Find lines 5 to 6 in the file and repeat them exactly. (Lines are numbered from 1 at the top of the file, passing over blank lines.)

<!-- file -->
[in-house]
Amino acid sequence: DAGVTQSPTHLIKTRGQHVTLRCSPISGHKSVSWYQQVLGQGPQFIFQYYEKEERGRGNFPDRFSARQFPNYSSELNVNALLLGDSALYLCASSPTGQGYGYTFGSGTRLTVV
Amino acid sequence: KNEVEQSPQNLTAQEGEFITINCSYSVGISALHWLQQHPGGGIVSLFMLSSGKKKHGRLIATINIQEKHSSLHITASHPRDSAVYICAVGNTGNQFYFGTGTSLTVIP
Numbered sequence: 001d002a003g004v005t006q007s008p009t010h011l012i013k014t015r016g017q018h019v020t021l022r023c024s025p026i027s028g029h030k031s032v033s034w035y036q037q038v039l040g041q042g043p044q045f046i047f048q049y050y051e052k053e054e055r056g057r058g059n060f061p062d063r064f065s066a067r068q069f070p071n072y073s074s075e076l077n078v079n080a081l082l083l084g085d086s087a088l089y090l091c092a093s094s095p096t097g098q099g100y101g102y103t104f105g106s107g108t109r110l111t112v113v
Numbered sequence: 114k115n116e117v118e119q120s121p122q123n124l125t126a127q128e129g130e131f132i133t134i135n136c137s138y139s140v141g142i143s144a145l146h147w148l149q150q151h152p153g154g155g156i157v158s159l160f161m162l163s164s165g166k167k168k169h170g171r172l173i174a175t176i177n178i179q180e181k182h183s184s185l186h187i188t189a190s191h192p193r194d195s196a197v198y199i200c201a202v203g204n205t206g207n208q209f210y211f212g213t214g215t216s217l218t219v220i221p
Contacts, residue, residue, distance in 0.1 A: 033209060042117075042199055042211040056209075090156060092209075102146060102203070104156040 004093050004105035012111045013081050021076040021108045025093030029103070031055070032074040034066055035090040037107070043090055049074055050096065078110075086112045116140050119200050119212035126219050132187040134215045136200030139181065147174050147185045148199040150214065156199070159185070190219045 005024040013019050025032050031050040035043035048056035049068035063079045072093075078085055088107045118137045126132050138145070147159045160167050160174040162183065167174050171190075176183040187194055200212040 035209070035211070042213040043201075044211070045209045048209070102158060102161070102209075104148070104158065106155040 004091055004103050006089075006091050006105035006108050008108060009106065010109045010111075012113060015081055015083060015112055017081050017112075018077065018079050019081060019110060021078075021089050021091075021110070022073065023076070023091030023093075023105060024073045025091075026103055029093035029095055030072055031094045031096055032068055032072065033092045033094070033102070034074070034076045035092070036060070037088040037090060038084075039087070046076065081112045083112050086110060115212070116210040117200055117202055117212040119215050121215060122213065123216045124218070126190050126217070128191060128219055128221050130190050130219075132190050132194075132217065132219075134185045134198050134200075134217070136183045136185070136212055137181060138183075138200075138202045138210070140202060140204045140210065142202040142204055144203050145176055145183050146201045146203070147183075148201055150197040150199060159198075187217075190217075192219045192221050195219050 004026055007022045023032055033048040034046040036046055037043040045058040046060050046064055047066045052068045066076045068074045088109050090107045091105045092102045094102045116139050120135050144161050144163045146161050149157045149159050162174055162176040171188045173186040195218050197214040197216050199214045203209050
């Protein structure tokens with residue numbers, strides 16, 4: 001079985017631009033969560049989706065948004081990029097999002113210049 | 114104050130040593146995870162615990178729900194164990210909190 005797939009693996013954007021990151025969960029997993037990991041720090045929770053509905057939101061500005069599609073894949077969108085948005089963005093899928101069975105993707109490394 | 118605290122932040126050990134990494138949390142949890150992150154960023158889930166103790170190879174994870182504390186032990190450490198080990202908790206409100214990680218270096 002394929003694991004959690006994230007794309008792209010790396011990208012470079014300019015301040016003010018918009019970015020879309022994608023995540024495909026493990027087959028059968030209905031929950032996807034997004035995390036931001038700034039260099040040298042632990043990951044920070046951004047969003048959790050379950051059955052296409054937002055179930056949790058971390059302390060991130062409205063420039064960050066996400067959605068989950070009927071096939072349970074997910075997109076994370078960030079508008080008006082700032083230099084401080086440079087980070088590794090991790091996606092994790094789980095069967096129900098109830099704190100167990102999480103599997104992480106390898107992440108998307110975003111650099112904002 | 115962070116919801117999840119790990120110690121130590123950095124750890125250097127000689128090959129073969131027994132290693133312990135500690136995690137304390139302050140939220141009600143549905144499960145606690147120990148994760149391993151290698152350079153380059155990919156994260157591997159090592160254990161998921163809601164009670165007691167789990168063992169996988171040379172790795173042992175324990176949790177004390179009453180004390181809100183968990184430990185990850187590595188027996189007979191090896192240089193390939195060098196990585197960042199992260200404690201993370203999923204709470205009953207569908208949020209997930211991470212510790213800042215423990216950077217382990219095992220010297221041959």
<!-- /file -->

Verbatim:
Numbered sequence: 114k115n116e117v118e119q120s121p122q123n124l125t126a127q128e129g130e131f132i133t134i135n136c137s138y139s140v141g142i143s144a145l146h147w148l149q150q151h152p153g154g155g156i157v158s159l160f161m162l163s164s165g166k167k168k169h170g171r172l173i174a175t176i177n178i179q180e181k182h183s184s185l186h187i188t189a190s191h192p193r194d195s196a197v198y199i200c201a202v203g204n205t206g207n208q209f210y211f212g213t214g215t216s217l218t219v220i221p
Contacts, residue, residue, distance in 0.1 A: 033209060042117075042199055042211040056209075090156060092209075102146060102203070104156040 004093050004105035012111045013081050021076040021108045025093030029103070031055070032074040034066055035090040037107070043090055049074055050096065078110075086112045116140050119200050119212035126219050132187040134215045136200030139181065147174050147185045148199040150214065156199070159185070190219045 005024040013019050025032050031050040035043035048056035049068035063079045072093075078085055088107045118137045126132050138145070147159045160167050160174040162183065167174050171190075176183040187194055200212040 035209070035211070042213040043201075044211070045209045048209070102158060102161070102209075104148070104158065106155040 004091055004103050006089075006091050006105035006108050008108060009106065010109045010111075012113060015081055015083060015112055017081050017112075018077065018079050019081060019110060021078075021089050021091075021110070022073065023076070023091030023093075023105060024073045025091075026103055029093035029095055030072055031094045031096055032068055032072065033092045033094070033102070034074070034076045035092070036060070037088040037090060038084075039087070046076065081112045083112050086110060115212070116210040117200055117202055117212040119215050121215060122213065123216045124218070126190050126217070128191060128219055128221050130190050130219075132190050132194075132217065132219075134185045134198050134200075134217070136183045136185070136212055137181060138183075138200075138202045138210070140202060140204045140210065142202040142204055144203050145176055145183050146201045146203070147183075148201055150197040150199060159198075187217075190217075192219045192221050195219050 004026055007022045023032055033048040034046040036046055037043040045058040046060050046064055047066045052068045066076045068074045088109050090107045091105045092102045094102045116139050120135050144161050144163045146161050149157045149159050162174055162176040171188045173186040195218050197214040197216050199214045203209050